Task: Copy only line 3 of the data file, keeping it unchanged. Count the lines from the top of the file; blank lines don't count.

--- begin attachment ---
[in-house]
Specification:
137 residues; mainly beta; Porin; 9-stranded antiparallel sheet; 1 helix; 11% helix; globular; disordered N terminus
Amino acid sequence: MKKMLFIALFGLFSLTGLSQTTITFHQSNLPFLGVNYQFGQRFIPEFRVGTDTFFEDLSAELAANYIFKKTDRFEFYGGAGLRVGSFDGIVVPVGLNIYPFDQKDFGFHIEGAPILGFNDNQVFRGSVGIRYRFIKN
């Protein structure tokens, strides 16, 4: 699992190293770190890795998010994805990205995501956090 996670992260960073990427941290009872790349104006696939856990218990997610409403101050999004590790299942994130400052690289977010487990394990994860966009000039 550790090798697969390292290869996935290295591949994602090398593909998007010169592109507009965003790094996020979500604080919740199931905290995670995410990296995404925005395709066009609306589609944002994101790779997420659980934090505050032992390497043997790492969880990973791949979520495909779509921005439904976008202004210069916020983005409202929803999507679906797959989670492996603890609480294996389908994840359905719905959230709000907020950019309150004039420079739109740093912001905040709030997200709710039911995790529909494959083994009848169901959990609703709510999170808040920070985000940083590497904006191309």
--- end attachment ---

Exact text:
137 residues; mainly beta; Porin; 9-stranded antiparallel sheet; 1 helix; 11% helix; globular; disordered N terminus